Personal security training center proposal amended for Flint Hill property
Two controversial special exception permit applications that had been previously considered by the Rappahannock County Planning Commission were set to be taken up again at last night’s (Wednesday) meeting.
Even before the meeting convened, the reappearance of Bill Fletcher’s previously tabled special exception application to hold events at his Thornton Hill property near Sperryville was met with strong opposition.
Fairfax attorney Gifford Hampshire, representing almost a dozen county residents and neighbors of Fletcher’s property, sent a letter to county officials on April 17 stating several reasons for the application to be denied, not the least being the proposal’s expiration deadline had been reached.
Fletcher’s application asks for blanket permission to hold up to 31 events per year at the 158-acre property bordering U.S. 522. The largest event was estimated to attract up to 8,000 attendees.
By contrast, the Sperryville Volunteer Fire Department holds its annual Fourth of July celebration on the same Thornton Hill tract. In past years, the celebration has attracted more than 2,500 people who picnic and watch the fireworks.
The planning commission took up the application at its May and June meetings last year before voting to refer it to the board of supervisors. The supervisors, after hearing opposition from numerous neighbors and others at their July meeting, voted to send the application back to the planning commission, which tabled it at its July 19 meeting.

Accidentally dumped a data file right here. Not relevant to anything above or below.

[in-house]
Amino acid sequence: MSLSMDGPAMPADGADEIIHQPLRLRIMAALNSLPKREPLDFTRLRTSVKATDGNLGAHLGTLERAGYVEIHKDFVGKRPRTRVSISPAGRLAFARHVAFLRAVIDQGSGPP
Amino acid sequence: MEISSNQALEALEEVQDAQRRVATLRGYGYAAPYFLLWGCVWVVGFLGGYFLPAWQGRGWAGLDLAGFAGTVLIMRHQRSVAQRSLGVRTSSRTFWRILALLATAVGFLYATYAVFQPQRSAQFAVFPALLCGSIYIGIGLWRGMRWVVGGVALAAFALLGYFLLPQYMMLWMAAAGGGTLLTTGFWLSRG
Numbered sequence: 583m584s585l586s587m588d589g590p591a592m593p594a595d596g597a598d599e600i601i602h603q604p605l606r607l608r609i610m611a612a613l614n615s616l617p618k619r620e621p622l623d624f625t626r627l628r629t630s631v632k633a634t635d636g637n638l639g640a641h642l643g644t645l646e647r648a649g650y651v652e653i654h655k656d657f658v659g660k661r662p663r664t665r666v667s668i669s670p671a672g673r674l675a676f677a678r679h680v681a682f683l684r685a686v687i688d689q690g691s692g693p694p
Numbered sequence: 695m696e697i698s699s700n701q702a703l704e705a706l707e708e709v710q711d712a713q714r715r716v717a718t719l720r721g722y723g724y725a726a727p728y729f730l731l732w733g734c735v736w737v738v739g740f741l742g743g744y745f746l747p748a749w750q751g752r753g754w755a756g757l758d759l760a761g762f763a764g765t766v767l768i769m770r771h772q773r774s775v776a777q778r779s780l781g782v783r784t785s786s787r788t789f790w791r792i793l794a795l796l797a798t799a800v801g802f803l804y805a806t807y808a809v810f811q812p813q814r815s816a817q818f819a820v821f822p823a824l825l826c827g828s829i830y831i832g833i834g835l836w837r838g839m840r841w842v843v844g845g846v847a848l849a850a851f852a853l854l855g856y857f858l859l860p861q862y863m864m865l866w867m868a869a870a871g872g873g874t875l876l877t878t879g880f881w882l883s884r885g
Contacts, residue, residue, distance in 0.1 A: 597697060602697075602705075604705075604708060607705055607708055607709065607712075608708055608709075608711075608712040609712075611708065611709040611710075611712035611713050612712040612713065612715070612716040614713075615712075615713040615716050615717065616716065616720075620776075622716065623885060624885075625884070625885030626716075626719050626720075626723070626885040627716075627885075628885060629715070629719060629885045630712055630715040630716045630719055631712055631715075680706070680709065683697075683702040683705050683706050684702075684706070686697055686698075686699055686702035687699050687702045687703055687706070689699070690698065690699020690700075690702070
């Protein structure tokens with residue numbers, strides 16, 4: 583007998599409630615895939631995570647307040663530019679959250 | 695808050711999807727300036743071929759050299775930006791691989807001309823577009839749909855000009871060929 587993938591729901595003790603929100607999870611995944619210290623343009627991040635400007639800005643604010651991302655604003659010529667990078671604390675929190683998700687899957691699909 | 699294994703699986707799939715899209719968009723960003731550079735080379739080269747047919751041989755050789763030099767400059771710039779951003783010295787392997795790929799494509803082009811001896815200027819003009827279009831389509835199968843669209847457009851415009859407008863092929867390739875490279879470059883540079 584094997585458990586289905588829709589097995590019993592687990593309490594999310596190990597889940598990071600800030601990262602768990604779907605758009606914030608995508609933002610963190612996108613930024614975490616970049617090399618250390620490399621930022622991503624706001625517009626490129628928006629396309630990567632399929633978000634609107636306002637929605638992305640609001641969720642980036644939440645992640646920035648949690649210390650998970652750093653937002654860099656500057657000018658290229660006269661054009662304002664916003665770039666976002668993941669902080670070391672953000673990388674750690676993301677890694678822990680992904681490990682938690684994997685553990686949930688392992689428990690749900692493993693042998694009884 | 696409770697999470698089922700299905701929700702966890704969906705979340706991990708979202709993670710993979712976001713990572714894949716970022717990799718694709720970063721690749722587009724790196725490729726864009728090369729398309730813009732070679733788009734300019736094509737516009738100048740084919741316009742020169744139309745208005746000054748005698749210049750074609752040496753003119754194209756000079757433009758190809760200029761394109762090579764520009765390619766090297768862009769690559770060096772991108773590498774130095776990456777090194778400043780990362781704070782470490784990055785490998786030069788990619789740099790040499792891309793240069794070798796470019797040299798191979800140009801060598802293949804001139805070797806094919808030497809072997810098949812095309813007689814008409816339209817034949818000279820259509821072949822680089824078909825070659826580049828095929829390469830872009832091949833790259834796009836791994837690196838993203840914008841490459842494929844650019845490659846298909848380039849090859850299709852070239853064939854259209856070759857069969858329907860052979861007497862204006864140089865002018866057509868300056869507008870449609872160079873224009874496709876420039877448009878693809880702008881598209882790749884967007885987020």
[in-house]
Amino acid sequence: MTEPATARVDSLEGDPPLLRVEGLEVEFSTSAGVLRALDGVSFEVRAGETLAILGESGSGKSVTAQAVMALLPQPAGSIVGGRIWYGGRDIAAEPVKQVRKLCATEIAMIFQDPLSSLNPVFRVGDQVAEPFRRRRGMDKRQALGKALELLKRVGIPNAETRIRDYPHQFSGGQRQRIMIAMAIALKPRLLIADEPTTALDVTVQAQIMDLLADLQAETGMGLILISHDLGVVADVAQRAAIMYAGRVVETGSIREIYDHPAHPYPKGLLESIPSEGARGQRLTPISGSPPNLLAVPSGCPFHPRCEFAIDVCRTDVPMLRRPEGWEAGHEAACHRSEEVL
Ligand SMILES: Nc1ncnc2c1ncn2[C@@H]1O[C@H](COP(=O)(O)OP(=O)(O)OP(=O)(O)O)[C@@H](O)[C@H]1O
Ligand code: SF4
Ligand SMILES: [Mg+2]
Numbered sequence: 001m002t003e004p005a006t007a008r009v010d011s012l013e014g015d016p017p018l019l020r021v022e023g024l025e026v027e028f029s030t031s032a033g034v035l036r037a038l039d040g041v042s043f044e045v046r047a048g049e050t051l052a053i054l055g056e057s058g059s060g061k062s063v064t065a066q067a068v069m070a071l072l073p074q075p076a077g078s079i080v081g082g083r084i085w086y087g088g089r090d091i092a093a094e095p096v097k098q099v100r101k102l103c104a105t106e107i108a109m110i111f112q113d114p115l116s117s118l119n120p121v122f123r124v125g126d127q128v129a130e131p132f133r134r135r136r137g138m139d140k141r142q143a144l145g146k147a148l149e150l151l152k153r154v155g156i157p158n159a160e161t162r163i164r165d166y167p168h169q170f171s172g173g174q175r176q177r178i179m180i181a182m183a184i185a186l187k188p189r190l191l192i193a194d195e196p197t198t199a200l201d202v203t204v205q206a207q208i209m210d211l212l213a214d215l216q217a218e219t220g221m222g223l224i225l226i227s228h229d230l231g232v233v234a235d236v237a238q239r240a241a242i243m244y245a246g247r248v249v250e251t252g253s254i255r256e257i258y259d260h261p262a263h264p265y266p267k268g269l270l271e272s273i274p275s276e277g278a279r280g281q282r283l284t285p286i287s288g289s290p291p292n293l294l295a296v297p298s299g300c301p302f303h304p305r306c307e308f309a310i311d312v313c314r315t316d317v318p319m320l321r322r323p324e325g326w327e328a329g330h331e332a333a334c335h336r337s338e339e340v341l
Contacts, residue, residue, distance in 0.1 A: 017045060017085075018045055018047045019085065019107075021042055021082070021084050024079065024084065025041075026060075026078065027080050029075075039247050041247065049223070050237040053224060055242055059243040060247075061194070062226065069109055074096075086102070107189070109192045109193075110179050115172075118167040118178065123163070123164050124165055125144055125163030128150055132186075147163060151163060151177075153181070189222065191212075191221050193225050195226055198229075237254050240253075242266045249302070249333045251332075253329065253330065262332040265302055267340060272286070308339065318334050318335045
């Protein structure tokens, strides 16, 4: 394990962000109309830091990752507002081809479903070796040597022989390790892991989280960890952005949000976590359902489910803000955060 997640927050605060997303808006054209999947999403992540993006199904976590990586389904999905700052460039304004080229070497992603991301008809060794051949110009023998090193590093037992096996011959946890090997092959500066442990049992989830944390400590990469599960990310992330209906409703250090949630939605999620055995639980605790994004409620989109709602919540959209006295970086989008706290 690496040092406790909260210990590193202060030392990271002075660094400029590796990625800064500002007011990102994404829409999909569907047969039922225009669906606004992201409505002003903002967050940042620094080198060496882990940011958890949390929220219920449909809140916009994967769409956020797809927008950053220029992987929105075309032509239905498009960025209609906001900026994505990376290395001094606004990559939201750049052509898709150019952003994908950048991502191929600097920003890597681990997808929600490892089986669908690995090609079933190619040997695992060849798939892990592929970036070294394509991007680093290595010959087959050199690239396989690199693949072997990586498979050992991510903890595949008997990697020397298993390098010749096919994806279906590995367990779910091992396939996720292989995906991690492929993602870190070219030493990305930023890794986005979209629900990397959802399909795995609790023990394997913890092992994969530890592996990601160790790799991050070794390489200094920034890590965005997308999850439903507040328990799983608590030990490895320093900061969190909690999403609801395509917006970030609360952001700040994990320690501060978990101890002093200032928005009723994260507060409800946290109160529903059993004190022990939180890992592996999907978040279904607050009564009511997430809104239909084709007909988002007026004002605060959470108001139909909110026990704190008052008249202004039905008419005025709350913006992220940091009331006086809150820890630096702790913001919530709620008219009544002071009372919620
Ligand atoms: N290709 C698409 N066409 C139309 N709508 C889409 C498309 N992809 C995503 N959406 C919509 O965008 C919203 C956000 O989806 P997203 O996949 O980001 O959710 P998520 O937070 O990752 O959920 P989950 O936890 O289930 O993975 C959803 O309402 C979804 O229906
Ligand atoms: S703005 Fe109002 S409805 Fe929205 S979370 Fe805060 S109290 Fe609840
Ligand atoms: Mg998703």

Fletcher’s resubmitted application appears to be unchanged from the original.
Surrounding the Flint Hill matter, in February, Mike Blyth, co-owner of Manassas-based Risk and Strategic Management Corp. (RSM), appeared before the planners to present his application for a training center on property located at 10 Old Kennels Lane. The agenda posted on the county’s website before the meeting described the facility as an “Active Shooter and Training Center,” which has alarmed county residents.
Blyth earlier attempted to explain that the description was incorrect, to no avail. RSM, he told a nearly packed courtroom, “teaches charities, philanthropic groups and NGOs [non-governmental organizations] on how to conduct their missions in a safe and productive manner” when operating in war zones or other hostile environments.
He said he had hoped to use the 39-acre property off Crest Hill and North Poes Roads as a “training center.”
After hearing from over a dozen county residents mostly opposed to the application, the Planning Commission voted not to recommend the application to the Board of Supervisors for consideration. However, the planners also suggested that Blyth re-submit an amended application clarifying his intent and answering residents’ objections.
Now, in his rewritten application, Blyth acknowledged that in the previous meeting “a number of legitimate concerns” were raised by the Flint Hill community.
In a phone call Tuesday, Blyth expressed his desire to work with the community.
“I’m hoping that this time around we have provided the level of information needed for the community to fully understand what our intentions are,” he said.
An unedited video of the meeting will be posted as quickly as possible at rappnews.com, where other public meeting video archives can be found. In addition documents pertaining to these applications can be found on the county website Boarddocs at boarddocs.com/va/corva/Board.nsf/Public.